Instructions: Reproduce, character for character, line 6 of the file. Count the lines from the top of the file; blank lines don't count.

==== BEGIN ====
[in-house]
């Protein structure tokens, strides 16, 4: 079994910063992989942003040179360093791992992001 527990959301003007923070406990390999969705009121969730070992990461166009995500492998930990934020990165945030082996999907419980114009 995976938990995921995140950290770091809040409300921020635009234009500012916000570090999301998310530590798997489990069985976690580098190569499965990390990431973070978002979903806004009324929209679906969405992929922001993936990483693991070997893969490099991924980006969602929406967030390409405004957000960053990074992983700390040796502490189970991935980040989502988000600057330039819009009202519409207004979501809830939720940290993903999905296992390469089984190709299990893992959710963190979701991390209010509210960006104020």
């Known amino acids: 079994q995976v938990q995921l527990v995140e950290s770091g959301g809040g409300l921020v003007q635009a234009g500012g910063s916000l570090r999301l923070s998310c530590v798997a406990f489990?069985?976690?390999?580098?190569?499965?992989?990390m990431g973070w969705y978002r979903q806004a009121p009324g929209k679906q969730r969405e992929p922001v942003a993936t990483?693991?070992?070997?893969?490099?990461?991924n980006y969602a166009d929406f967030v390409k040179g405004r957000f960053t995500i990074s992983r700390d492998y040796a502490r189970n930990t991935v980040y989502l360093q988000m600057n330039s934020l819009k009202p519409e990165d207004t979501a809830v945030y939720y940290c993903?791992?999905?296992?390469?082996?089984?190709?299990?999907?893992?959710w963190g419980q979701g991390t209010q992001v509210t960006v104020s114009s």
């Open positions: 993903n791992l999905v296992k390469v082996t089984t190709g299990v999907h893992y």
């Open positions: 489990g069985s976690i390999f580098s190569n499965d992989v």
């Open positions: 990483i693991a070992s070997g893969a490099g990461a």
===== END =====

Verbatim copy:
């Open positions: 990483i693991a070992s070997g893969a490099g990461a």